It’s been more than two years in the making, but March 17, St. Patrick’s Day, marked the first day of business for Shawn Cool’s Michigan Avenue restaurant, Red Rock Downtown Barbecue.
The “barbecue and bar joint,” as many patrons have already dubbed Red Rock, is located at the former location of TC’s Speakeasy, near the corner of Washington Street and Michigan Avenue. Cool acquired the building after it was foreclosed and listed for sale in Jan. 2009, and he has been working toward Saturday’s soft opening ever since.
“It’s been tough and there has been a lot that’s stood in the way of making today happen, but what can I say?” Cool said. “We’re here and we’re open, and just by word of mouth, we’ve been pretty busy all day.”
As Cool alluded to, there was no advertising, no paid promotions and no major announcements of the restaurant’s opening. Plugs on social media sites such as Facebook and Twitter helped keep customers like Bethany Schultz coming through the doors all day long.
“We’ve been seeing how hard (Cool) has been working on this place the last two years and we decided to come by and check it out,” Schultz said. “I’m a vegetarian and today I had the macaroni and cheese, sweet potato fries and cornbread and they were all really good. And we tried some of the different sauces they had to offer. My favorite was the spicy one.”
Red Rock offered an abbreviated menu on St. Patrick’s Day, as the restaurant served up ribs, brisket and pulled pork, as well as favorite backyard-barbecue sides such as baked beans and coleslaw, among others. Additionally, Cool and his bar supervisor John Little served patrons from the 20 different beers that are on tap behind the bar.
“I think our beer choice is one thing people will really enjoy besides the atmosphere and the food,” said Little, who worked with Cool for more than eight years at Lucky Strike in Novi before leaving to team with him at Red Rock. “We have 10 Michigan brews and 10 brews that come from different parts of the country, including beers like Budweiser and Miller Lite for people who want their regular beers.”
Local business owner Angela Barbash was a driving force in Red Rock’s opening-day success, as she spread the word about the business’s opening to her friends and clients through word-of-mouth and social media advertising.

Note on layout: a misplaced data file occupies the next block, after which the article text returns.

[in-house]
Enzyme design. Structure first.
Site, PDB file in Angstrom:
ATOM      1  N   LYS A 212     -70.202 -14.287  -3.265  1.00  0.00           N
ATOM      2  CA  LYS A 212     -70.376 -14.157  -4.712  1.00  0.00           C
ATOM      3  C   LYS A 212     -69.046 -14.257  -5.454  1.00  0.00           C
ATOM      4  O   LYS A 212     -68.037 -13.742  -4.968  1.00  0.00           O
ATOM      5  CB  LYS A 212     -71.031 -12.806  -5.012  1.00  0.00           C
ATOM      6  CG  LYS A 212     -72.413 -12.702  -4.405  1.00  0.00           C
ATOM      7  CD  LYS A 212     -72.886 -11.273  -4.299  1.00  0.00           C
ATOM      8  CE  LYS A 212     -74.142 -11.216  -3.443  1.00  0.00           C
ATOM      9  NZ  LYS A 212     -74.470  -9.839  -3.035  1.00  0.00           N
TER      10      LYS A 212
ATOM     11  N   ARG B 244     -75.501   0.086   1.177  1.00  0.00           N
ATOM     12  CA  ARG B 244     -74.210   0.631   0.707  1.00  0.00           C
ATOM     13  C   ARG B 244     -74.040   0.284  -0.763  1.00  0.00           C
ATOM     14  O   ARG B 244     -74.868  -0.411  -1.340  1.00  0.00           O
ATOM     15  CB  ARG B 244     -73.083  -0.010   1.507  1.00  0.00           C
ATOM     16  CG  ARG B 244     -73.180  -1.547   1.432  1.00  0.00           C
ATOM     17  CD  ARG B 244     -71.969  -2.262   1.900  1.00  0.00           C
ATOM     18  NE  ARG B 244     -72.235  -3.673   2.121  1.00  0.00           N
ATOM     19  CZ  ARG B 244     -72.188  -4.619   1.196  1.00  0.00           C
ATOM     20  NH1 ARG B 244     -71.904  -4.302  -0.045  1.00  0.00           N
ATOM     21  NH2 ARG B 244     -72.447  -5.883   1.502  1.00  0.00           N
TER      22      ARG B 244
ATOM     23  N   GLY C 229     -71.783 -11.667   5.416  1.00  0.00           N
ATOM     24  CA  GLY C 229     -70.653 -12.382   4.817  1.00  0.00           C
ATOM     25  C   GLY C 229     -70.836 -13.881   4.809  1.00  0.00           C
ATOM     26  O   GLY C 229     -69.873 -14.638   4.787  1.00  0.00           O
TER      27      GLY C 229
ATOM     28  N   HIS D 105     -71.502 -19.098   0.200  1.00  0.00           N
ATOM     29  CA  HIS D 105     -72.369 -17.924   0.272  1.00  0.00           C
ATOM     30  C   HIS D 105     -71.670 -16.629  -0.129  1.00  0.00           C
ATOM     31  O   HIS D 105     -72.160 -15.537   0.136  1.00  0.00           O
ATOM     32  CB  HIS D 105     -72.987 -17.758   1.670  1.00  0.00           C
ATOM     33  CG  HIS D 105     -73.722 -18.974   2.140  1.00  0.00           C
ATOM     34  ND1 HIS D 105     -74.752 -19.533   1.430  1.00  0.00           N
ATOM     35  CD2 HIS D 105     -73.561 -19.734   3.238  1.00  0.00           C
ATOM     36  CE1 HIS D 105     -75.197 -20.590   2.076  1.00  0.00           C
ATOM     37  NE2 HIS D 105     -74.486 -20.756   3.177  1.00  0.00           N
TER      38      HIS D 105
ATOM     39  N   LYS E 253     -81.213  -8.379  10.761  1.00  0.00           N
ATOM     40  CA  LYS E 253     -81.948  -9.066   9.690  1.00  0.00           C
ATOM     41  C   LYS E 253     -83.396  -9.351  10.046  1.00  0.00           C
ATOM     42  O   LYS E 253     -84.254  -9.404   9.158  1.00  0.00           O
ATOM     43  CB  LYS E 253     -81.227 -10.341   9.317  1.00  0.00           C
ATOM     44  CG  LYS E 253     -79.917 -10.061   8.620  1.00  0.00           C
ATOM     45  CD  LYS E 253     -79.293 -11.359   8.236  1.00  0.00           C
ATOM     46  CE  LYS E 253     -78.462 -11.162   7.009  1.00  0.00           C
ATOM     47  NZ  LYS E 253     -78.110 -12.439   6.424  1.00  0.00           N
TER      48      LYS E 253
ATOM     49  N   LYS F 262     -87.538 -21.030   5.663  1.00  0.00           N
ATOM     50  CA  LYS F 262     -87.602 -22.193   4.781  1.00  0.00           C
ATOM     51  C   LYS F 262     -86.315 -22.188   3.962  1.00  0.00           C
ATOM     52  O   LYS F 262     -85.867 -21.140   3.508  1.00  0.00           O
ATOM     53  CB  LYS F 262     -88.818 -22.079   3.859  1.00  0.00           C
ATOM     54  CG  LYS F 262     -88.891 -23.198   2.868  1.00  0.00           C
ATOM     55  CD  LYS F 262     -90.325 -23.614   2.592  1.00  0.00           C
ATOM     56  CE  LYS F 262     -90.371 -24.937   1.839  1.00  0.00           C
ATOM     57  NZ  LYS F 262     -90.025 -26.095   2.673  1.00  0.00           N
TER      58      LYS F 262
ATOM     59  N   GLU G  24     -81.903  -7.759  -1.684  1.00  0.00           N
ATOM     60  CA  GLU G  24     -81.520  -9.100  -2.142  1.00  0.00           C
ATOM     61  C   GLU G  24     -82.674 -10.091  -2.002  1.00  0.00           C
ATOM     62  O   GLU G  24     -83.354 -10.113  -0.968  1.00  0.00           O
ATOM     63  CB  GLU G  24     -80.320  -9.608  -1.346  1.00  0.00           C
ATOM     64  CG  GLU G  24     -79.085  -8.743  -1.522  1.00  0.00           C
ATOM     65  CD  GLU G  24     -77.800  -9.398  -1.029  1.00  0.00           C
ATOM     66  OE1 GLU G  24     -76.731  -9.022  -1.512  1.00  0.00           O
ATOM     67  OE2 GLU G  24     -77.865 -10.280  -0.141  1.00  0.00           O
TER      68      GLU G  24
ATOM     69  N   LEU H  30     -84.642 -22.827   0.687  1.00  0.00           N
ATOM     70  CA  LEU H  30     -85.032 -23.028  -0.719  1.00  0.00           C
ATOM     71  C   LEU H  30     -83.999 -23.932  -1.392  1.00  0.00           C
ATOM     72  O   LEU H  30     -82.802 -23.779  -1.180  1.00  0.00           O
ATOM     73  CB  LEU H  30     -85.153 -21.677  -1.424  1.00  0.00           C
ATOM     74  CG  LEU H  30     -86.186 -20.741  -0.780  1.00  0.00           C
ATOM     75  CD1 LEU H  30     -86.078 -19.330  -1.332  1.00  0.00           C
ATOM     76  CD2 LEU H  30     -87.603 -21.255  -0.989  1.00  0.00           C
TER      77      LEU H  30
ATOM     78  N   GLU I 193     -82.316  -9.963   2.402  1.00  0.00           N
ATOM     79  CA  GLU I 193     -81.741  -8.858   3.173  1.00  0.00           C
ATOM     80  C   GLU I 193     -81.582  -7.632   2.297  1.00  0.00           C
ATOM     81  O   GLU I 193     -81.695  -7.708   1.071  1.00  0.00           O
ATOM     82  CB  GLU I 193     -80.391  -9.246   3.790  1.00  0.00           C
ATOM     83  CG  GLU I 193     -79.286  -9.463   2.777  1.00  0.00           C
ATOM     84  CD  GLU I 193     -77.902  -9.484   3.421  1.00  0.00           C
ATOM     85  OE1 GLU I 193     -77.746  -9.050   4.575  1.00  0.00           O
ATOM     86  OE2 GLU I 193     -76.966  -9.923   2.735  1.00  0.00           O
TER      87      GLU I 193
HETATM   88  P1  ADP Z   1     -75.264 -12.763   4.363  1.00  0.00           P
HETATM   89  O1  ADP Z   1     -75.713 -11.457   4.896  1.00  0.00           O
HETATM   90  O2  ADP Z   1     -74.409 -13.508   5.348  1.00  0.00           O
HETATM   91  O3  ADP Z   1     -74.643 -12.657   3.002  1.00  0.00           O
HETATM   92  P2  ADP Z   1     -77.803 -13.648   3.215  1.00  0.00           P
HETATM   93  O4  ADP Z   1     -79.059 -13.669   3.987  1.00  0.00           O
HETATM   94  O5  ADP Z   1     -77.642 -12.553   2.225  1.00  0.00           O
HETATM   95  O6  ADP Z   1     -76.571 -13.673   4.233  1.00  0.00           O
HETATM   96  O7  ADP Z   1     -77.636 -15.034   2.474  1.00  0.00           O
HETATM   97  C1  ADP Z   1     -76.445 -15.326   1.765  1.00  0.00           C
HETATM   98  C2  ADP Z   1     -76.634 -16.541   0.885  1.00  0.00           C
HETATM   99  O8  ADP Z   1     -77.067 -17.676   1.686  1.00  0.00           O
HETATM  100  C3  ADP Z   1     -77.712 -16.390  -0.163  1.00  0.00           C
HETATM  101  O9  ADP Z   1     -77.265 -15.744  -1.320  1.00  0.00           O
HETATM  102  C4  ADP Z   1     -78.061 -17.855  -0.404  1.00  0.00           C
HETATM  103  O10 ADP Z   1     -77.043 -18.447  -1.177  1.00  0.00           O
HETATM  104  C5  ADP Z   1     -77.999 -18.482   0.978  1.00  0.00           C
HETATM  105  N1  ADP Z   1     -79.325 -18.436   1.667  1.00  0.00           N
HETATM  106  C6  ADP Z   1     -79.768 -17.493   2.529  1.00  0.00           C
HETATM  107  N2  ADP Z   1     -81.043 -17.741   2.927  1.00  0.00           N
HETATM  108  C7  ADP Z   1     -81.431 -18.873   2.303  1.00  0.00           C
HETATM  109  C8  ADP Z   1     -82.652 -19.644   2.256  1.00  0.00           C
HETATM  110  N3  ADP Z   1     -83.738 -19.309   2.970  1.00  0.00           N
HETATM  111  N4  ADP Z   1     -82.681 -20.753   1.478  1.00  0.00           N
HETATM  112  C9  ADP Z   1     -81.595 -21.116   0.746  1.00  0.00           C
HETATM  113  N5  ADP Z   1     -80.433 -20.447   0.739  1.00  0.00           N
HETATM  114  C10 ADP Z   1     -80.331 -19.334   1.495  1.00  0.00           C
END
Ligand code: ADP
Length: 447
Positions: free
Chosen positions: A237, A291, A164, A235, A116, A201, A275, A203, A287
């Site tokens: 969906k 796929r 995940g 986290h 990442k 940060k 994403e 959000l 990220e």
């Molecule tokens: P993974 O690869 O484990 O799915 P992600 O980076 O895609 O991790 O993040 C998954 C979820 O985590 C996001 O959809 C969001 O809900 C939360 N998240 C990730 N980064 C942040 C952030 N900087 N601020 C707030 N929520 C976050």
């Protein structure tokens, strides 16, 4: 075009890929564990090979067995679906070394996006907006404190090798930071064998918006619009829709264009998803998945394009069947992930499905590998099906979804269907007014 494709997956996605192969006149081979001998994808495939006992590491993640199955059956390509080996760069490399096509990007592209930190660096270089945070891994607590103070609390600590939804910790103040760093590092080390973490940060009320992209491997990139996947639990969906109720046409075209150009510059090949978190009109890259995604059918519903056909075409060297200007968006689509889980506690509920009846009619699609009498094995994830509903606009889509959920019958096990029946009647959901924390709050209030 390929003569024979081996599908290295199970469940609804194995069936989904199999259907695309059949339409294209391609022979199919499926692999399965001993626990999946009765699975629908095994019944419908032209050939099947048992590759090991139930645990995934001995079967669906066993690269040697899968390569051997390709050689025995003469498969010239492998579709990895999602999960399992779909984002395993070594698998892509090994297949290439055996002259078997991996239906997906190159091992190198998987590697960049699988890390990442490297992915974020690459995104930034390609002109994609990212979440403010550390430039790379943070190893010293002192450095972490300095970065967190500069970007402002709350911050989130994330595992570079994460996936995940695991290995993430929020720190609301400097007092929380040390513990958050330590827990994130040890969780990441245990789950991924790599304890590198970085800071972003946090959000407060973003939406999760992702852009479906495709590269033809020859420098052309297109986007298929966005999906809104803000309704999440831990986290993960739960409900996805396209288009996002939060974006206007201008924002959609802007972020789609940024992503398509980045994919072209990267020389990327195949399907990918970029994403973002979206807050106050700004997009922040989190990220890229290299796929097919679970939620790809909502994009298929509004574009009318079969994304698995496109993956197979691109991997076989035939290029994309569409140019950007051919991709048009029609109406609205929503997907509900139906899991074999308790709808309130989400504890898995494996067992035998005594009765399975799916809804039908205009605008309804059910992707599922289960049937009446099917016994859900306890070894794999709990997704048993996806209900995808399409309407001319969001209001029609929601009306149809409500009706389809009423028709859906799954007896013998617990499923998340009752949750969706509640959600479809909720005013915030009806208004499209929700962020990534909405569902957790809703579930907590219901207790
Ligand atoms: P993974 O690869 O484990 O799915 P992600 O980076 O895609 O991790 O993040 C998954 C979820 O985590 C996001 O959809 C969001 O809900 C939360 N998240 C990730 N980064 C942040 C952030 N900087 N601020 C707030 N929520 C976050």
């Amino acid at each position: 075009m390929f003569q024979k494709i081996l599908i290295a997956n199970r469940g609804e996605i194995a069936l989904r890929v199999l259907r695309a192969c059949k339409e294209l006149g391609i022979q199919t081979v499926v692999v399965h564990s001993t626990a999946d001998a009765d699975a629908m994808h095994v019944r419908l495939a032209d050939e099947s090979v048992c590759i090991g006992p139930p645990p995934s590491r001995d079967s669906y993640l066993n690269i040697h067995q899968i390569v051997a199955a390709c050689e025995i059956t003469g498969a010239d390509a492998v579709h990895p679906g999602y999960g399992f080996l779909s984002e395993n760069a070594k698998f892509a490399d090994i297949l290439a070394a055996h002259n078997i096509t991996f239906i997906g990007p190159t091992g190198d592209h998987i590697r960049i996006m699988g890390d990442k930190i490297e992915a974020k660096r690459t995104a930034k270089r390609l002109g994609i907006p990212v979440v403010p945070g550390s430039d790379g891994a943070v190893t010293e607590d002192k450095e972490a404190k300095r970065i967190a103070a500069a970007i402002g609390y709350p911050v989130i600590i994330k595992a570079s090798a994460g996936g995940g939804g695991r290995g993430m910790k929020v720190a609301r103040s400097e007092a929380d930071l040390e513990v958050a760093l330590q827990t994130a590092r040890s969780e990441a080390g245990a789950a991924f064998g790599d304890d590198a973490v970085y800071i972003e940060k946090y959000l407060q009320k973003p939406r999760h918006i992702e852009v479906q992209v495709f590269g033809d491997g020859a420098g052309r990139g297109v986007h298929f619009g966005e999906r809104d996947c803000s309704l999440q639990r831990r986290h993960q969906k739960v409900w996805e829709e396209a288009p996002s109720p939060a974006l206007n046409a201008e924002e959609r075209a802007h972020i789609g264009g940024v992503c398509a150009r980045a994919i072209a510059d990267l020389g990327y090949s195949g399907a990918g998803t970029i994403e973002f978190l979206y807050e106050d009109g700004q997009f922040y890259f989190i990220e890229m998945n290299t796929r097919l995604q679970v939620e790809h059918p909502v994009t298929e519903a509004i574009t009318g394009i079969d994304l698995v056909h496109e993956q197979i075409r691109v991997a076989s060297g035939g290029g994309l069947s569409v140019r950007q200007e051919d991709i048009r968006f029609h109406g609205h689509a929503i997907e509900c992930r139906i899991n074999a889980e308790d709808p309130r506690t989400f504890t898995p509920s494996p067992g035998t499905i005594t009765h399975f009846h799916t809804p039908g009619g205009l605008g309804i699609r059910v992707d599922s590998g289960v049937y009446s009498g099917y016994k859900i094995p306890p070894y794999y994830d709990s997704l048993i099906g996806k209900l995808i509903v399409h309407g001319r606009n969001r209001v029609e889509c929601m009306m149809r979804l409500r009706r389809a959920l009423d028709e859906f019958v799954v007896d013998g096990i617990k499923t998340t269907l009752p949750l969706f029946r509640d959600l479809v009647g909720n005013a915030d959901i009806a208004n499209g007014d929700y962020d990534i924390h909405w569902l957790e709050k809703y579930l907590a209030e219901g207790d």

“I’m all for businesses opening and thriving in Ypsi,” Barbash said. “I heard about the opening through Transition Ypsi and quickly started to spread the word. Barbecue is something that Ypsi and the downtown area was really missing. I know today was just the soft opening, but everything was really good. There are obviously a few things that need to be worked out, but it’s good. (People who live, work and frequent downtown) will really be looking for their good lunch specials and good lunch menus, so if they can provide that, I think they’ll survive.”
Barbash, who is a large proponent for locally sourced products, said that if the company could show a commitment to Ypsilanti that the people of the city would support the business even more.
“Ypsi is just that type of community where people care about things like locally sourced foods so that’s what we like to see in the businesses here,” she said.
Peter Rinehart, who ate lunch at Red Rock with his family, agreed with Barbash.
“Ypsi businesses will thrive if they are true to Ypsi and this place seems like it is,” Rinehart said. “It’s got great food, it’s a great place for taking a family or hanging out with friends, and the food is really good. It’s definitely a place that I’ll be visiting a lot.”
Cool, although satisfied to open, said that there were a lot of last-minute kinks that had to be worked out even hours after Red Rock opened, and that he’s looking forward to this, his first experience in restaurant ownership, being the start of a great thing.
“We had our techs here in case of any register malfunctions, our beer guy was here installing the last of the taps until about 3:00 p.m., but we opened at 2:00 p.m., and we’ve still got to get some things done here, but I’m very happy about how it’s going so far.
“I started working in restaurants when I was 15 and now I’m 32, so I’ve been in the industry a long time,” Cool said. “I’ve had just about every job in this business. Like I said, it took a lot to get here, but I’m really pumped and I can tell the community is behind us. I mean, we’re having a great turnout and it’s all been done just because the people have been spreading it basically by word of mouth.”
Cool said the menu will expand to include chicken, various entrees, salads and other side dishes once the restaurant is set for its grand opening in mid-April.